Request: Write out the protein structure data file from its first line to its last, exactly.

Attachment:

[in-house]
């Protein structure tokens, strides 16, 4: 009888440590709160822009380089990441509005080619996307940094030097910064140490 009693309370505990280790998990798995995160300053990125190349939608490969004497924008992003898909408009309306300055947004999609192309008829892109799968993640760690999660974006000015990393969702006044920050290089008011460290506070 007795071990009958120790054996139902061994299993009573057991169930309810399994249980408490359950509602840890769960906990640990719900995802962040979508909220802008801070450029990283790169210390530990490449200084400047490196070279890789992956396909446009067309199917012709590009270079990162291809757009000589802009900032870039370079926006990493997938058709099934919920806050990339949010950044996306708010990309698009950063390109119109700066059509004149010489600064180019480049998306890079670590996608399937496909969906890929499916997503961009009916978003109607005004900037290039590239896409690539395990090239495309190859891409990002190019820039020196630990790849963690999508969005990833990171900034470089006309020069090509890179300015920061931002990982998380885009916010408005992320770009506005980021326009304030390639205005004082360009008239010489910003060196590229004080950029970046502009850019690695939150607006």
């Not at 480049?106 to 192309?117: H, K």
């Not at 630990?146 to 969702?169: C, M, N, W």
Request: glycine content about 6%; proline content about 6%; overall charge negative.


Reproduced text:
[in-house]
């Protein structure tokens, strides 16, 4: 009888440590709160822009380089990441509005080619996307940094030097910064140490 009693309370505990280790998990798995995160300053990125190349939608490969004497924008992003898909408009309306300055947004999609192309008829892109799968993640760690999660974006000015990393969702006044920050290089008011460290506070 007795071990009958120790054996139902061994299993009573057991169930309810399994249980408490359950509602840890769960906990640990719900995802962040979508909220802008801070450029990283790169210390530990490449200084400047490196070279890789992956396909446009067309199917012709590009270079990162291809757009000589802009900032870039370079926006990493997938058709099934919920806050990339949010950044996306708010990309698009950063390109119109700066059509004149010489600064180019480049998306890079670590996608399937496909969906890929499916997503961009009916978003109607005004900037290039590239896409690539395990090239495309190859891409990002190019820039020196630990790849963690999508969005990833990171900034470089006309020069090509890179300015920061931002990982998380885009916010408005992320770009506005980021326009304030390639205005004082360009008239010489910003060196590229004080950029970046502009850019690695939150607006």
């Not at 480049?106 to 192309?117: H, K």
């Not at 630990?146 to 969702?169: C, M, N, W």
Request: glycine content about 6%; proline content about 6%; overall charge negative.